They would like to think they’re a maturer force than the one which steam-rolled teams with flashy football last spring only to find it unfit for purpose in July. They’d like to think they’re not as naive as to believe all-out attacks are the best way forward. Better positioned to adapt during the game to what’s put in front of them? On the evidence on yesterday, that would seem the case.
Five points down at half-time and again by the 53rd minute, they were making little headway until Donncha O’Connor arrived and contributed to changing the course of the match. The triple substitution that followed also paid off and pointed to a growing depth to this Cork panel.
Racking up seven points without reply between the 57th and 69th minutes, Cork went two ahead when Colm O’Neill’s curling, booming shot was deemed by the umpires to be good, although Tyrone players and supporters thought otherwise.
With a free, Darren McCurry, one of Tyrone’s best on the afternoon, ended Tyrone’s 17 minutes without a score but there wasn’t time to find an equaliser. McCurry, in fact, was his side’s only contributor in the second half, his four points all coming from frees.
Tyrone struggled in the second half when facing the wind, much more than Cork in the first when Colm O’Neill’s deadball skills were needed. Sean Cavanagh was impressed with his International Rules colleague: “Particularly against that breeze, some of the frees Colm O’Neill was kicking were out of this world, Peter Canavan-esque sort of stuff. You have to accept some teams are going to do that on days like that.”
There were periods of both halves when Cork were presented with Tyrone’s stacked defence, but the home side relented on occasions, which was understandable given they haven’t put enough on the scoreboard in the last two games.
Cork were primed for whatever Tyrone threw at them and happily kept four men in defence in the first half even when Conor McAliskey was the sole home player in the Cork half of the field. However, Peter Harte’s long deliveries were causing bother for Conor Dorman and both he and Stephen O’Donoghue were beaten by McAliskey when he goaled in the third minute.
Cork’s three points in as many minutes, two of them coming in quick succession as they hounded the Tyrone kick-out, brought them right back into the game but then Micheál Martin was left to pick the ball from his net again in the 18th minute when Dorman pulled down Pádraig McNulty for a penalty converted by Harte.
Dorman was fortunate not to be black-carded — or receive a card of any colour. For the Red Hand support it was a reminder of last year’s drawn Ulster first-round game against Down and Conor Maginn’s escape after bringing Mark Donnelly to ground in the area.
Still, Cork looked to be in trouble and when McAliskey added a point they went five behind, 2-3 to 0-4. O’Neill’s massive free kicks into the teeth of the breeze steadied them but three of the last four scores of the half were Tyrone’s and they lead 2-6 to 0-7 at half-time.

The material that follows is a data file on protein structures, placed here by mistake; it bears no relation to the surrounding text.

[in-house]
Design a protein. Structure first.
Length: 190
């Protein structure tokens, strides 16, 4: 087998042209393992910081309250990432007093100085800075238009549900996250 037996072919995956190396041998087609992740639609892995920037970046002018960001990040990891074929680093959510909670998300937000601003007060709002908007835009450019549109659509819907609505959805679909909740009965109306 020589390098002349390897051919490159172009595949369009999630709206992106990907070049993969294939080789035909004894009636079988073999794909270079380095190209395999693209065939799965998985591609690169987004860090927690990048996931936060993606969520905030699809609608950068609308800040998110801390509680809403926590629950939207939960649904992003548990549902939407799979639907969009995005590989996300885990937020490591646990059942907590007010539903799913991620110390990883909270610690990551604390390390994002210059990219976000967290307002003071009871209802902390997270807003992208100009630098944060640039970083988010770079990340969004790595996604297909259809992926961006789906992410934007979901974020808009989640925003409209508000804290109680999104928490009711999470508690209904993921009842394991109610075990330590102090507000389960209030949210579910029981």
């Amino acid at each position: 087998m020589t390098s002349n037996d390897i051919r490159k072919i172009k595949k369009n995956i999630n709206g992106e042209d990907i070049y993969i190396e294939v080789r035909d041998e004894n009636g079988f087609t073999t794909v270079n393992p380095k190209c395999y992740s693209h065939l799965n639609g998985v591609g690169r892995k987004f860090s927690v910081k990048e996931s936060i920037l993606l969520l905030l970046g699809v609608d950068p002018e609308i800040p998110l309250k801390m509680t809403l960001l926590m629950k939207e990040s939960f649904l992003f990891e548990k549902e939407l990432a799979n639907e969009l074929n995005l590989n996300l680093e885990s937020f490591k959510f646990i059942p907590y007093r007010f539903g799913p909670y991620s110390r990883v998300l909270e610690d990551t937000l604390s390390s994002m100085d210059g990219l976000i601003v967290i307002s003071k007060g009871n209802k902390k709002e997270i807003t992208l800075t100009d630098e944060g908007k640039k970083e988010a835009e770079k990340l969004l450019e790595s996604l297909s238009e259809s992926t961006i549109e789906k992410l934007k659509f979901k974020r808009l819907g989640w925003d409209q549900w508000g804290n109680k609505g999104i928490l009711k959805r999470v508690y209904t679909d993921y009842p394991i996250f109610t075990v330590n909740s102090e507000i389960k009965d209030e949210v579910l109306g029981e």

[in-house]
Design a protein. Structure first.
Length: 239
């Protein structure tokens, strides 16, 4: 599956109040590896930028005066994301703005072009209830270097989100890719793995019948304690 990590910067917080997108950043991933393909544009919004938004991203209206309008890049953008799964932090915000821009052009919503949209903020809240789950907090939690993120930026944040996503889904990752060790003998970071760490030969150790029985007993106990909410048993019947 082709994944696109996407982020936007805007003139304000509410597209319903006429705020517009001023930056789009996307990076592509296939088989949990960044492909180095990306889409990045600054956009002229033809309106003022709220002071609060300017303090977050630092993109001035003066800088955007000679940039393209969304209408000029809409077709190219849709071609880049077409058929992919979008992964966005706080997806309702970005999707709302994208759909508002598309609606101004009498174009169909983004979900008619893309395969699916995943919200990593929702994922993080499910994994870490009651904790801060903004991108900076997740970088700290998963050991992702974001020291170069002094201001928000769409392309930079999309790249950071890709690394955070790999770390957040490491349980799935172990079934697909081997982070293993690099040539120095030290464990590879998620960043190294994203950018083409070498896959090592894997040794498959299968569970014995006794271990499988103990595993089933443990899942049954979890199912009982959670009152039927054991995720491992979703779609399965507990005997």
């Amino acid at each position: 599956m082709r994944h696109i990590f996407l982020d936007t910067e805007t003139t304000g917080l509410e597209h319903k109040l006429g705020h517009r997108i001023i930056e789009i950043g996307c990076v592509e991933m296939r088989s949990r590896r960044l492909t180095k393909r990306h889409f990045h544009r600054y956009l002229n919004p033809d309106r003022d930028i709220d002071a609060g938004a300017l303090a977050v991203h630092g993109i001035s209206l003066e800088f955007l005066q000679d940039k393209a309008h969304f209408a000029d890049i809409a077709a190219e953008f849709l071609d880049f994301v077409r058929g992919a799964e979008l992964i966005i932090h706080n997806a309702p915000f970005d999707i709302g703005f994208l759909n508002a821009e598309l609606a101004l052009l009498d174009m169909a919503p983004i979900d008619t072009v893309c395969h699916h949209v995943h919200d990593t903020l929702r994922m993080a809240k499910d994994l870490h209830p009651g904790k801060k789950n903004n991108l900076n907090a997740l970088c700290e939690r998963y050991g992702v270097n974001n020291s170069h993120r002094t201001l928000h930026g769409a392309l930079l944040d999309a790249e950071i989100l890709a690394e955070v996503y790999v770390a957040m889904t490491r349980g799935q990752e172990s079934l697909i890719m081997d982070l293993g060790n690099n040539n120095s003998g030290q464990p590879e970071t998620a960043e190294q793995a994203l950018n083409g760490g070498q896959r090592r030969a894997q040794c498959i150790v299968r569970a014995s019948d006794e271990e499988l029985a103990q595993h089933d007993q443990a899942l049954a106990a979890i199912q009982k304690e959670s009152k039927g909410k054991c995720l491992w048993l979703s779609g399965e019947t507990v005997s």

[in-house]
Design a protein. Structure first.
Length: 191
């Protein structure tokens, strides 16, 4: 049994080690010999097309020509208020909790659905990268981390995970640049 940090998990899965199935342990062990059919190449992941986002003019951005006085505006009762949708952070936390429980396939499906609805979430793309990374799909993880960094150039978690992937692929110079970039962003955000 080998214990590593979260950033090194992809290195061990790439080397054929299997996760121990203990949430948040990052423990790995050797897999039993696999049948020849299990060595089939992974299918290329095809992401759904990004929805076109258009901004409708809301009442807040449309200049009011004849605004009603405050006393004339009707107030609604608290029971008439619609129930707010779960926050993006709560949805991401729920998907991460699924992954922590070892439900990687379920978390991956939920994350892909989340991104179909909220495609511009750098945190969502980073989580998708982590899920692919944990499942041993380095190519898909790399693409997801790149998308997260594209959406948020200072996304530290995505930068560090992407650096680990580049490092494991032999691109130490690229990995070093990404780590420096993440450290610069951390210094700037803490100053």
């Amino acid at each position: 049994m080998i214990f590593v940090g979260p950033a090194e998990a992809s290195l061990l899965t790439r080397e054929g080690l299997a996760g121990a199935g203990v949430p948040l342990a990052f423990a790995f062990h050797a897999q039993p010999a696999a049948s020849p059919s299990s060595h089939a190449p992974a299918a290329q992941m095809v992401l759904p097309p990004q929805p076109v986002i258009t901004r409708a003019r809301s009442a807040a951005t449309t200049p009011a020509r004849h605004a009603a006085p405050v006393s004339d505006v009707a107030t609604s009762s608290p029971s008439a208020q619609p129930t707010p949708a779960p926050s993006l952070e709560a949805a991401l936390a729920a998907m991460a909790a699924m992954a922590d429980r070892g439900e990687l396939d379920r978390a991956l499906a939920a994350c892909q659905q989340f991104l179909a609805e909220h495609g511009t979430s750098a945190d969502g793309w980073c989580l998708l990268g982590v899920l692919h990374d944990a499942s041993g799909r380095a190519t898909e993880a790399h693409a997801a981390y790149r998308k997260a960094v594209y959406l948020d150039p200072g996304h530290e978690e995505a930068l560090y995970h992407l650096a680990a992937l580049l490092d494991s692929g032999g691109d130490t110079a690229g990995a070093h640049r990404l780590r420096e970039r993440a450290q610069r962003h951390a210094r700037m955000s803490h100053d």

That margin got no better until O’Connor’s arrival and while his 52nd-minute free was cancelled out by McCurry’s fourth of the day a minute later, Tyrone couldn’t handle Cork in the closing stages. With the aid of the wind, the likes of Dornan, O’Neill, Goold and substitute Donal Óg Hodnett were shooting with ease and the 3,985 crowd sensed bother.
“In the first half, we couldn’t do that, obviously with the wind,” said Brian Cuthbert. “Once the lads came on, and each one of them have kicking ability, the wind was a big factor there. And once we got the bit of space, I would have felt the last 12 minutes, we controlled their kick-outs as well, and once we had the ball, we were actually very, very good.”
The job Cork didn’t finish against Donegal two weeks ago, they completed here and what will give Cuthbert the most satisfaction might not be his switches, which worked sweetly, but the character shown by his team in reeling in Tyrone.
Mickey Harte’s side struggled to get any foothold in the final 15 minutes of the game. Admittedly, the wind was a nuisance for Niall Morgan’s kick-outs but Cork over and over again got more men to the ball and had Tyrone on the backfoot.
With all their substitutions used, Cork couldn’t replace Fintan Goold when he received a 67th minute black card but their momentum was so strong it pulled them through. Brian Hurley put them up for the first time a minute later and then O’Neill added his controversial sealer.
At the end, we counted just 18 Cork supporters clapping off the team. For the seldom, it was wonderful.
Scorers for Tyrone: D McCurry 0-7 (0-5f); C McAliskey 1-3; P Harte 1-0 (pen).
Scorers for Cork: C O’Neill 0-8 (0-3f, 0-1 ‘45’); B Hurley 0-2 (0-1f), D O’Connor 0-2 (0-1f); C O’Driscoll, M Collins, C Dornan, F Goold, D Hodnett 0-1 each.
Subs for Tyrone: C McCann for J McMahon (36); PJ Lavery for D Quinn (43); D McBride for R McKenna (58); P McNiece for R McNamee (68); Black card: R McNabb (70+1).
Subs for Cork: P Kerrigan for S O’Donoghue (26); D O’Connor for C O’Driscoll (49); D Goulding for M Collins, D Hodnett for K O’Driscoll, J Hayes for J O’Rourke (all 55); B O’Driscoll for T Clancy (62). Black card: F Goold (67).
Referee: Marty Duffy (Sligo)